Mantle Rock Preserve
You can hike a portion of the Trail of Tears at The Nature Conservancy's Mantle Rock Preserve in Livingston County, Kentucky. The outdoor exhibits, featured below, guide the retracement experience (walk the original trail).
They Passed This Way - An orientation to the history of the Trail of Tears.
Exploring Mantle Rock - An orientation to the hiking and retracement trail and an overview of the events that occurred in the Mantle Rock Preserve area.
The Nature Conservancy - Highlights the natural wonders of Mantle Rock Preserve and introduces the role of The Nature Conservancy in protecting special places. (586 KB pdf)
Walk in Their Footsteps - Located where the visitor first steps onto the historic road that was followed on the Trail of Tears, this exhibit presents the reality of the Cherokee's 800-mile journey.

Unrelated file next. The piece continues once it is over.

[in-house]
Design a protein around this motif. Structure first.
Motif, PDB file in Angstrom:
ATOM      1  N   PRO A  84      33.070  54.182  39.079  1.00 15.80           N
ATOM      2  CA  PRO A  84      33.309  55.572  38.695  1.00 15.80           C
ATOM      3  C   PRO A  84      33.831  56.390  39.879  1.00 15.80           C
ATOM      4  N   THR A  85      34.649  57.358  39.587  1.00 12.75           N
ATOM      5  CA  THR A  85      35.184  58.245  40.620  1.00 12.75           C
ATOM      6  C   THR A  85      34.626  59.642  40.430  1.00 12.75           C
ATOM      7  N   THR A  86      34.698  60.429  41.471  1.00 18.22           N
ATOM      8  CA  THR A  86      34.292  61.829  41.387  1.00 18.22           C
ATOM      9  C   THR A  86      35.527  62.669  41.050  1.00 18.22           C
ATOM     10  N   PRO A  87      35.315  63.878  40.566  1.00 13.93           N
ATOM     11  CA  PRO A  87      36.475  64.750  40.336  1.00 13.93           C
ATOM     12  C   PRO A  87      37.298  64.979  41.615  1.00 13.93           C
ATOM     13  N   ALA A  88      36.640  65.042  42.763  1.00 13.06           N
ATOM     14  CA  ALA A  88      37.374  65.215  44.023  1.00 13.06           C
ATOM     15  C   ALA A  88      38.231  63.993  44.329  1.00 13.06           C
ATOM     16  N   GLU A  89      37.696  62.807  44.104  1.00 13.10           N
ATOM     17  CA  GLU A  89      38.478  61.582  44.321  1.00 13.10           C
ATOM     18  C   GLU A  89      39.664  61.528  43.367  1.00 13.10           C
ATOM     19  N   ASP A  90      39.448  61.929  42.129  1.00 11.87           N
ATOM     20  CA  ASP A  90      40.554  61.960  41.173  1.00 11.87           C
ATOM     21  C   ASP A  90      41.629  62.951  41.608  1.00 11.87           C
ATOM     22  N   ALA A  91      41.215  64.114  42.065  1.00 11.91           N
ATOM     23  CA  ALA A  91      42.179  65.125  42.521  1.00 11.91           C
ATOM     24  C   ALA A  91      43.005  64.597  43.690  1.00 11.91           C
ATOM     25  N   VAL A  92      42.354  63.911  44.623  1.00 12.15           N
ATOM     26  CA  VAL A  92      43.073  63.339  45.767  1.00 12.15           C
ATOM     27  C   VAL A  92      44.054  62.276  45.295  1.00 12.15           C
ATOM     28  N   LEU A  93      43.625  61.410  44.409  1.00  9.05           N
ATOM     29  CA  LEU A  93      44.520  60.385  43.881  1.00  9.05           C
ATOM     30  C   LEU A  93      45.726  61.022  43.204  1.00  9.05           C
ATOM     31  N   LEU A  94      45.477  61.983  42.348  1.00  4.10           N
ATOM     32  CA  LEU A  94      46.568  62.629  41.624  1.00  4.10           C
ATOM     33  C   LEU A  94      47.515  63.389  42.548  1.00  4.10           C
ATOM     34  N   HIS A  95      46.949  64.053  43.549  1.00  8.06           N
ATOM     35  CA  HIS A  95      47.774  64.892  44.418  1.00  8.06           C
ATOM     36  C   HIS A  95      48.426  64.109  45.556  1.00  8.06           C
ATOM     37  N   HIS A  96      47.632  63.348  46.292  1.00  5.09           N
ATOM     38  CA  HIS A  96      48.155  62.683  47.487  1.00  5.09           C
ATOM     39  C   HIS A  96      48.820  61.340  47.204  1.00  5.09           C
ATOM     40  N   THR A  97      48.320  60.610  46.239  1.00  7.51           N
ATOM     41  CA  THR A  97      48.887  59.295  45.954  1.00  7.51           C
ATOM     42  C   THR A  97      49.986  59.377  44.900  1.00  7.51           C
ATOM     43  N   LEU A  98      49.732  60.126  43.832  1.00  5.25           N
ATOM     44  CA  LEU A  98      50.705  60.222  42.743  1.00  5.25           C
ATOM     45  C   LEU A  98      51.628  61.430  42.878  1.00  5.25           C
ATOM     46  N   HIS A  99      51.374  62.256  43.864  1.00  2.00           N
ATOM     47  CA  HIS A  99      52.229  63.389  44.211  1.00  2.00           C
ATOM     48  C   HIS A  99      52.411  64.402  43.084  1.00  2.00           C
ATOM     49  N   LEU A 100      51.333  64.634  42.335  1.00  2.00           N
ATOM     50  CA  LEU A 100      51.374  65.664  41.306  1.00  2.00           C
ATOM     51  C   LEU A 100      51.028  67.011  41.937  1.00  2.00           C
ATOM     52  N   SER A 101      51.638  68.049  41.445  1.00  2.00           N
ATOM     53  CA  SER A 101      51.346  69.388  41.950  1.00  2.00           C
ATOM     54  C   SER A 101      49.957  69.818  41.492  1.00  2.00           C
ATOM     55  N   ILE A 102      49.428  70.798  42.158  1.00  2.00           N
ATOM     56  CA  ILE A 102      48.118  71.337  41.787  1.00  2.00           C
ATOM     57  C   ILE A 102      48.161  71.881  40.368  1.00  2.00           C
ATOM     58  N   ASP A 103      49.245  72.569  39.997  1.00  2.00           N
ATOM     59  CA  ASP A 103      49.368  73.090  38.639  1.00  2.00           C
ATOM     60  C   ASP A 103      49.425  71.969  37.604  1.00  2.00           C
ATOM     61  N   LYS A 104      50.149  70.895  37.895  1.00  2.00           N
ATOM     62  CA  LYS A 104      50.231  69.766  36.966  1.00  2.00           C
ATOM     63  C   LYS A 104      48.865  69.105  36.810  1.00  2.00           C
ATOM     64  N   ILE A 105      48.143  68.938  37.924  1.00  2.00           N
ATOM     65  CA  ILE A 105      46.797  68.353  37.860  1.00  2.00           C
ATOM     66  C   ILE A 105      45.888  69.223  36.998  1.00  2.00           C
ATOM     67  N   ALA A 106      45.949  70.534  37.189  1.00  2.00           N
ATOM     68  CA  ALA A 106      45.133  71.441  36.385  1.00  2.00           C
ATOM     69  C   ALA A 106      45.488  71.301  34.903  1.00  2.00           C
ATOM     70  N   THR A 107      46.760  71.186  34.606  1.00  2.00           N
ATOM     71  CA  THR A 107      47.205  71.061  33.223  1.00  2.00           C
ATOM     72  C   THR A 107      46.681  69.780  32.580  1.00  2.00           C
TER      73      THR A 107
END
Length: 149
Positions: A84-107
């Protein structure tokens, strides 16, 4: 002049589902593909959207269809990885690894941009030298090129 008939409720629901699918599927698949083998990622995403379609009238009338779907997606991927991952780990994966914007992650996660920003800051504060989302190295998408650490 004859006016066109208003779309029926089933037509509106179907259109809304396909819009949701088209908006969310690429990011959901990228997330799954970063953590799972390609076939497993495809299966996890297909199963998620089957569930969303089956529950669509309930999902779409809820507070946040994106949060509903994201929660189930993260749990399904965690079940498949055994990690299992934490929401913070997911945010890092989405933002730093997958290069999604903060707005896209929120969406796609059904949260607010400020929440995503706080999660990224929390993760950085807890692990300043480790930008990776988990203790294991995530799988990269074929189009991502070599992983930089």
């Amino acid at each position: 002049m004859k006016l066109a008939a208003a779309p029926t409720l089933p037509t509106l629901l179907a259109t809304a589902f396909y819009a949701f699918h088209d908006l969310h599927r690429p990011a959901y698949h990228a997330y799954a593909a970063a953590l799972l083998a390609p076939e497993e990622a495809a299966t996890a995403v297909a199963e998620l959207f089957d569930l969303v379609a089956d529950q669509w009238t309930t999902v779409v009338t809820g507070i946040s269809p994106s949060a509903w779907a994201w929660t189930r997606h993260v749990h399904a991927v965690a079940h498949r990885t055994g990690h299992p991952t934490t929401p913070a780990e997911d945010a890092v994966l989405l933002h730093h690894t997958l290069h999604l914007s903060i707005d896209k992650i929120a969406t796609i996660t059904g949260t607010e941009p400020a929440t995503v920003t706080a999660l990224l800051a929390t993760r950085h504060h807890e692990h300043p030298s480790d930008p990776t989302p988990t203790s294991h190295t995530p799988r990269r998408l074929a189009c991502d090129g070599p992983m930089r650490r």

A Changed Landscape - Describes the conservation work done to return this area to a healthy prairie. (171 KB pdf)
Witness to History - Places the lifespan of a tree into the story of the Trail of Tears. (431 KB pdf)
Protecting the Glades - Tiny wonders can be found in the rare glade habitat of the preserve. (174 KB pdf)
A Winter Camp - This portion of the Trail of Tears journey occurred during a bitter cold winter. (437 KB pdf)
The Original Route - Indicates the end of the retracement trail experience and shows where the Trail of Tears continued from this point. (438 KB pdf)
The Real Story of Mantle Rock - Local stories place the Cherokee camp under Mantle Rock. Find out if the Cherokee did indeed camp at this spot. (275 KB pdf)
Did You Know?
President Andrew Jackson began to aggressively implement a broad policy of Indian removal in the 1830s. This policy, combined with the discovery of gold on Cherokee land in northern Georgia in 1828, led to their removal to Indian Territory (Oklahoma) on the Trail of Tears.